Why do you love Turkey? Do you have some experiences that encapsulate the feeling?
Photo courtesy of Interviewing Places.
Aaron shares an experience here that captures it for him. We would love for you to share your stories in the comments below.
A recent theft of my wife’s tote bag while traveling through Italy this summer reminded me of another reason why I love living in Turkey. Nothing against Italians, as I know thievery is, unfortunately, a problem in every country but coming upon a broken passenger window in our family van in broad daylight in a parking lot was a bit surprising. Thankfully, no one was harmed and no items of identification were stolen, but if the perpetrator is reading this post, I kindly ask you to please return my wife’s journal, which she has been keeping for the past 5 years!
LOST VIDEO CAMERA
What was jogged in my memory was an event that defied probabilities. A few years ago while living in another city in Central Anatolia my friend absentmindedly left his video camera in the back seat of a public transit vehicle (a dolmuş). After the shock wore off when realizing where he had misplaced it, he immediately rushed to the central dolmuş station. Describing in detail what the camera bag looked like and on what dolmuş route he had been on he was surprised to hear that they were already waiting for him. It had been found in the midst of a city of 5 million people! At the close of the evening routes if he boarded this certain dolmuş and rode it to the end of the line, there would be someone waiting there for him with his prized possession.
You, as the reader, need to understand that my friend was Japanese, and his precious video camera was literally an extension of his person. Rarely absent from his side and now with it being passed around from dolmuş driver to dolmuş driver, he needed someone to accompany him as it was getting quite late. He phoned me explaining the situation, and unsure of what to expect. We set off.
We boarded the dolmuş and arrived at the appointed meeting point around 11:30 at night. After several cups of tea with those present we were greeted by a young, bald man with a huge smile. Zeki was a part-time dolmuş chauffeur, but his real love was football. He played on a farm team for one of the top teams in Turkey. Upon seeing his toothy grin we knew immediately that the camera couldn’t have fallen into better hands. He presented us with the bag (all its contents were intact) and we proceeded to talk late into the night.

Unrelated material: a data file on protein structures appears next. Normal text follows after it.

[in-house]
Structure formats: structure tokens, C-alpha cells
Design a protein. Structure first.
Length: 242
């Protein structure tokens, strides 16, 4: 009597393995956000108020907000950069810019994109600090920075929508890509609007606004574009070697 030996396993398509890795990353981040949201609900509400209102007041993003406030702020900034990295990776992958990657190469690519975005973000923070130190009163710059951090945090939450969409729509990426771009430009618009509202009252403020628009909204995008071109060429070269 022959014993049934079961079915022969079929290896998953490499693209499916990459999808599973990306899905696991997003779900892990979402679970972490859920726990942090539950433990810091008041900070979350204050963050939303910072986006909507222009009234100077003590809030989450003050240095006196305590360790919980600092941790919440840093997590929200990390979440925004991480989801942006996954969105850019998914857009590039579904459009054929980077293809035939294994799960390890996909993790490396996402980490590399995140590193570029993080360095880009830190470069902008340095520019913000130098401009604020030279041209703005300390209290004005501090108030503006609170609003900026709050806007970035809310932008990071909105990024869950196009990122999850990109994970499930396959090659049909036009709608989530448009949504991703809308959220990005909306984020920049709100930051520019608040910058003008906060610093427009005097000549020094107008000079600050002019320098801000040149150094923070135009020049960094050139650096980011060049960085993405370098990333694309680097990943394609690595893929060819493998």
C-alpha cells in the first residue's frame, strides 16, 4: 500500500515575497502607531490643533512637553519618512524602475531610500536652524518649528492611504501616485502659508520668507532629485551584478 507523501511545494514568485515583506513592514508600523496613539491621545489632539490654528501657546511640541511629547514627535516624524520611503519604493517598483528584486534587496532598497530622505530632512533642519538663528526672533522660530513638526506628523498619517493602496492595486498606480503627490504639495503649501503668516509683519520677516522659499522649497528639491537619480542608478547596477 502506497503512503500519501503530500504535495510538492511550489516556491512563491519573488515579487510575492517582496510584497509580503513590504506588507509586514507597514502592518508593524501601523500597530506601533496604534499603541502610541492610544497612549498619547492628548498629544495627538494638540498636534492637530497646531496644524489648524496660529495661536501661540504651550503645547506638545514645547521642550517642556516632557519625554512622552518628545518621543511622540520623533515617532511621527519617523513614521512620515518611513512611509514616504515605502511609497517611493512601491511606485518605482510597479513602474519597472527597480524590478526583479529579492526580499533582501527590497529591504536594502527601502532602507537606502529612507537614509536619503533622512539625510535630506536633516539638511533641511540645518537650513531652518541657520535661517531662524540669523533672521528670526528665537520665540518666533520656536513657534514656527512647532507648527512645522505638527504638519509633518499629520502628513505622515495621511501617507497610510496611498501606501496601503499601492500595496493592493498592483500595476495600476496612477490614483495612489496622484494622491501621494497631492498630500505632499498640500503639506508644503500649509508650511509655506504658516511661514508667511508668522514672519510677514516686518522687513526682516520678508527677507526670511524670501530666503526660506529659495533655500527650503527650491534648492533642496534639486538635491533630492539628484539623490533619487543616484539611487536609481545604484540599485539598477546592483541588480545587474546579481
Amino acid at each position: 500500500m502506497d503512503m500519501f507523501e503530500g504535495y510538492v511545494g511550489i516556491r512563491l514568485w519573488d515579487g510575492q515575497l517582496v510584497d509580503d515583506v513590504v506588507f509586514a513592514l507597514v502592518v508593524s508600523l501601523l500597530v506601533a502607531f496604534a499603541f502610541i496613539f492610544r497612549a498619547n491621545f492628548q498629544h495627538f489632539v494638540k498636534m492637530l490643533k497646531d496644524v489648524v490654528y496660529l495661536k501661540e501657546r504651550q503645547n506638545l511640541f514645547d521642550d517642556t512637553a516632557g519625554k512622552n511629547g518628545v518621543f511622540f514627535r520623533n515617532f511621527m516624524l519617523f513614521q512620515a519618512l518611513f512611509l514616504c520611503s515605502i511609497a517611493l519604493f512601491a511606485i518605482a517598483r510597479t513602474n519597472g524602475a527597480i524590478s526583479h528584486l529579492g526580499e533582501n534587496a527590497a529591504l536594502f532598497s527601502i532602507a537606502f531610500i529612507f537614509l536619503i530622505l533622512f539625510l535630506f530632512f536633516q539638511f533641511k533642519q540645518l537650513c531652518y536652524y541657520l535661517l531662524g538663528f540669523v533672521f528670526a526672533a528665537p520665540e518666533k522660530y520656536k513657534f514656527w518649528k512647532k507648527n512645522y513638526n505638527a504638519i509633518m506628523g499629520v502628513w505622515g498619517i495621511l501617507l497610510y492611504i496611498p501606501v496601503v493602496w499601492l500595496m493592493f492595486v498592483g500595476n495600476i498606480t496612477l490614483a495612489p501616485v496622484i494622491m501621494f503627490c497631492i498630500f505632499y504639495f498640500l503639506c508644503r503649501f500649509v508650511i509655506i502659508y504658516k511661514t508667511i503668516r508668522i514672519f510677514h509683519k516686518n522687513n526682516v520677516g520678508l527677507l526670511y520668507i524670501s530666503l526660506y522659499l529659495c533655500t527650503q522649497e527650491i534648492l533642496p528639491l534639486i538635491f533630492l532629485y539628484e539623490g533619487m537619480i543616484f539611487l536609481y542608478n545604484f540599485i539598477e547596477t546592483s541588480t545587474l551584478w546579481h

As the caffeinated effects of the first rounds of tea were beginning to wear off another round was served. Zeki enlightened us to the story of how the camera bag eventually made it into his hands: a passenger had turned it into the chauffeur of my friend’s original dolmuş, and it made a circuitous route, ending in his possession. We sat amazed, reflecting on our own cultures, assured that if this would have happened in a similar sized city in Japan or America, we probably would never have seen the camera again.
What was even more incredible is that through this entire escapade both of our families were invited to a wedding in Zeki’s village. He was to be the best man in his friend’s wedding (a three day celebration in Turkey), and he offered to host us in his house on the weekend of the wedding.
Needless to say, we took him up on his offer and had an incredibly rich cultural experience at the wedding. Not only did we get to witness a fight break out between rival families of the village, to which our new friend told us that no village wedding was complete without some kind of fight, but we also had to save our kids’ lives, who were playing on a hill behind us during the “bachelor party”, as all the village men pulled out pistols and shot them into the air. I learned so much, even how to break into a bathroom while my friend was locked in for almost an hour!
Not only did we retrieve the misplaced video camera but we were welcomed into a family and an entire village, and this is why I love Turkey. I invite you to come and be captivated by such an incredible people.
Can you relate to Aaron’s experience?
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